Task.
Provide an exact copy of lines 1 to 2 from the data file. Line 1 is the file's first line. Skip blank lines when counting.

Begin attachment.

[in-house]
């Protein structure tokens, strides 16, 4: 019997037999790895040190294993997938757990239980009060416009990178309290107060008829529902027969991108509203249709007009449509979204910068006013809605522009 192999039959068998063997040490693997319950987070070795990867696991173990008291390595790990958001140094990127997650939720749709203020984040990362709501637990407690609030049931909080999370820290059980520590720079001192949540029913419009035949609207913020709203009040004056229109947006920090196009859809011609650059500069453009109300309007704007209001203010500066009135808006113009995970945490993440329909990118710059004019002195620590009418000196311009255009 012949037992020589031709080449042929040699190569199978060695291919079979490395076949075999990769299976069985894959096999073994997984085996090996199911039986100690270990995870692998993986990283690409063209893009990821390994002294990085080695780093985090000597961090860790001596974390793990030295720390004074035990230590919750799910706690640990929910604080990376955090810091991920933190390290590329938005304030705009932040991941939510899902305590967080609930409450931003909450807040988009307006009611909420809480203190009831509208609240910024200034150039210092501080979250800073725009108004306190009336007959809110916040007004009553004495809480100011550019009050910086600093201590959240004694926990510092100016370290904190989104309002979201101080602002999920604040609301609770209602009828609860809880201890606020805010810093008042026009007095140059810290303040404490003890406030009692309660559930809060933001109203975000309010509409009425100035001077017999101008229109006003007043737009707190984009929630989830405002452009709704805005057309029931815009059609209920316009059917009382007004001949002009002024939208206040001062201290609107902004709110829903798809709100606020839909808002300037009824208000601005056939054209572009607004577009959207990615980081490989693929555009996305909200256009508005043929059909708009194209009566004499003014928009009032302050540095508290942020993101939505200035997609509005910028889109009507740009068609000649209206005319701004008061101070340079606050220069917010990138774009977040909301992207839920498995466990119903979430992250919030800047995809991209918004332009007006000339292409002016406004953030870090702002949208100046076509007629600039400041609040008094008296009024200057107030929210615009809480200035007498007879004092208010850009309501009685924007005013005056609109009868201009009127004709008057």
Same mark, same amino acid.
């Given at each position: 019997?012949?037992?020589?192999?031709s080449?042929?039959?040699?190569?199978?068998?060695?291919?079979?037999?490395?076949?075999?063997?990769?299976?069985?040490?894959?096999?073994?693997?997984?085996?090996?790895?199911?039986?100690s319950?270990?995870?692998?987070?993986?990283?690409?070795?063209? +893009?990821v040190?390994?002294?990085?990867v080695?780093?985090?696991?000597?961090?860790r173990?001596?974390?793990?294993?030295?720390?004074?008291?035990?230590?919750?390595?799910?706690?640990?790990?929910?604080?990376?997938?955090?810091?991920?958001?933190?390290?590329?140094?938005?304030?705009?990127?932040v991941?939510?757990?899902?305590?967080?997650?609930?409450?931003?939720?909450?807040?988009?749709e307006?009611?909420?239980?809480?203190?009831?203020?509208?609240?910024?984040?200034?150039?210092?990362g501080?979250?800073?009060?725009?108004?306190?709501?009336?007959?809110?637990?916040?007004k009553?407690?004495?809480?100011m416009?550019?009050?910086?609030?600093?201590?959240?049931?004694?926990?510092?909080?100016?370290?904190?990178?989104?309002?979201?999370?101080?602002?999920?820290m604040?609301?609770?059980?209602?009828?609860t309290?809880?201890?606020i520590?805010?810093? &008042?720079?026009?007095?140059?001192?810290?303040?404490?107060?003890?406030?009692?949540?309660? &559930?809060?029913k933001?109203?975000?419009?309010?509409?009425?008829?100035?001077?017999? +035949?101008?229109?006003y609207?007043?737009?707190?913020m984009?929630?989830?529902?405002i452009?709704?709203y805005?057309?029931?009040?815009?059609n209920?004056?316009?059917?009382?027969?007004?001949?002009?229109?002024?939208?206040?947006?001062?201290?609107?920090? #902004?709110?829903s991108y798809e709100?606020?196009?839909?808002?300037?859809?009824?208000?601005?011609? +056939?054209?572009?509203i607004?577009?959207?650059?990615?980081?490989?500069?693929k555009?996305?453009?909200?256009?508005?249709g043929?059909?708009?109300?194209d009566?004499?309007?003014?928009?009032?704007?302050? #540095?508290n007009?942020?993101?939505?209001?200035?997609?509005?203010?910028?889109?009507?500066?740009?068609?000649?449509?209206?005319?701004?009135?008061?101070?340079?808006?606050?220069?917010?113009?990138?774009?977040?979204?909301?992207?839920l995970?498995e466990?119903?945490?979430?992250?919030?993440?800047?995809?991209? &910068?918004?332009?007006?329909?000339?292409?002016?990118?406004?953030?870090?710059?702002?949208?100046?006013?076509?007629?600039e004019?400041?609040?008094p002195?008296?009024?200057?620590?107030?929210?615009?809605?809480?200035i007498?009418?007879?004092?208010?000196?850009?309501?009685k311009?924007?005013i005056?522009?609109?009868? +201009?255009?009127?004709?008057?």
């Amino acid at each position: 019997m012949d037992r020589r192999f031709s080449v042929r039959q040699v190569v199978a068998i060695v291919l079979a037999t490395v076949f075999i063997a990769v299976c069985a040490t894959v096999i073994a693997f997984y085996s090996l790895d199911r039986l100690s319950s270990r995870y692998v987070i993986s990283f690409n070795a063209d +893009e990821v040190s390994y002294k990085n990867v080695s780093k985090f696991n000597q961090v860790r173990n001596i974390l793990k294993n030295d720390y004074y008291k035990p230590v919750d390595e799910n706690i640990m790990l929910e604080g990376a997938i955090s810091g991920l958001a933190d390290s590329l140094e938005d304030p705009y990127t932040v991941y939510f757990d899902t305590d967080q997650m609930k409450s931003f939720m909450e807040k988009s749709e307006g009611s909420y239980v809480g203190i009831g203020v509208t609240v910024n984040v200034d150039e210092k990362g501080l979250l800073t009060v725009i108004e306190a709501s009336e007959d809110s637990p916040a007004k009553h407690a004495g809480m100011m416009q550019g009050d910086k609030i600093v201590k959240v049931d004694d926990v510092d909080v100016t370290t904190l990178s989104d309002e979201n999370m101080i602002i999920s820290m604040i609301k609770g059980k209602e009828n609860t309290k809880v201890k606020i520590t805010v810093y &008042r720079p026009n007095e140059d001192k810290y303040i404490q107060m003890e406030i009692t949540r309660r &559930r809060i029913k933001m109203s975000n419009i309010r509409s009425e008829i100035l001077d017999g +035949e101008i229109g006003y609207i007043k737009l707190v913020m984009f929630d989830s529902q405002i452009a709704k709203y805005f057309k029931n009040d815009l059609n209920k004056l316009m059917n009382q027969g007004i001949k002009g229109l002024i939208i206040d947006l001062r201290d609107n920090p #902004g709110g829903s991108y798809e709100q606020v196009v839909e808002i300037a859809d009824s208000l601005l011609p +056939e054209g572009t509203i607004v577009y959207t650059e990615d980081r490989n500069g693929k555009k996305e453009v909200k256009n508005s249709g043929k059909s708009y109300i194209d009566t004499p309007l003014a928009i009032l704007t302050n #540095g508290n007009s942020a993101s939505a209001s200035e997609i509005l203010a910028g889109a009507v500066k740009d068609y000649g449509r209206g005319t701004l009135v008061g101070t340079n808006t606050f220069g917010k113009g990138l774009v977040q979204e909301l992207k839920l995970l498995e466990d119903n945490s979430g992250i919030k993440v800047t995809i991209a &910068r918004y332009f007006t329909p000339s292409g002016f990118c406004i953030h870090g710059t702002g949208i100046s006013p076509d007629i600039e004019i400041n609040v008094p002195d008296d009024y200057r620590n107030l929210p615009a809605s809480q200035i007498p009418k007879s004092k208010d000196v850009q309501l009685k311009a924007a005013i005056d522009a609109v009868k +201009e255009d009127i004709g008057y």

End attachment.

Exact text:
[in-house]
């Protein structure tokens, strides 16, 4: 019997037999790895040190294993997938757990239980009060416009990178309290107060008829529902027969991108509203249709007009449509979204910068006013809605522009 192999039959068998063997040490693997319950987070070795990867696991173990008291390595790990958001140094990127997650939720749709203020984040990362709501637990407690609030049931909080999370820290059980520590720079001192949540029913419009035949609207913020709203009040004056229109947006920090196009859809011609650059500069453009109300309007704007209001203010500066009135808006113009995970945490993440329909990118710059004019002195620590009418000196311009255009 012949037992020589031709080449042929040699190569199978060695291919079979490395076949075999990769299976069985894959096999073994997984085996090996199911039986100690270990995870692998993986990283690409063209893009990821390994002294990085080695780093985090000597961090860790001596974390793990030295720390004074035990230590919750799910706690640990929910604080990376955090810091991920933190390290590329938005304030705009932040991941939510899902305590967080609930409450931003909450807040988009307006009611909420809480203190009831509208609240910024200034150039210092501080979250800073725009108004306190009336007959809110916040007004009553004495809480100011550019009050910086600093201590959240004694926990510092100016370290904190989104309002979201101080602002999920604040609301609770209602009828609860809880201890606020805010810093008042026009007095140059810290303040404490003890406030009692309660559930809060933001109203975000309010509409009425100035001077017999101008229109006003007043737009707190984009929630989830405002452009709704805005057309029931815009059609209920316009059917009382007004001949002009002024939208206040001062201290609107902004709110829903798809709100606020839909808002300037009824208000601005056939054209572009607004577009959207990615980081490989693929555009996305909200256009508005043929059909708009194209009566004499003014928009009032302050540095508290942020993101939505200035997609509005910028889109009507740009068609000649209206005319701004008061101070340079606050220069917010990138774009977040909301992207839920498995466990119903979430992250919030800047995809991209918004332009007006000339292409002016406004953030870090702002949208100046076509007629600039400041609040008094008296009024200057107030929210615009809480200035007498007879004092208010850009309501009685924007005013005056609109009868201009009127004709008057």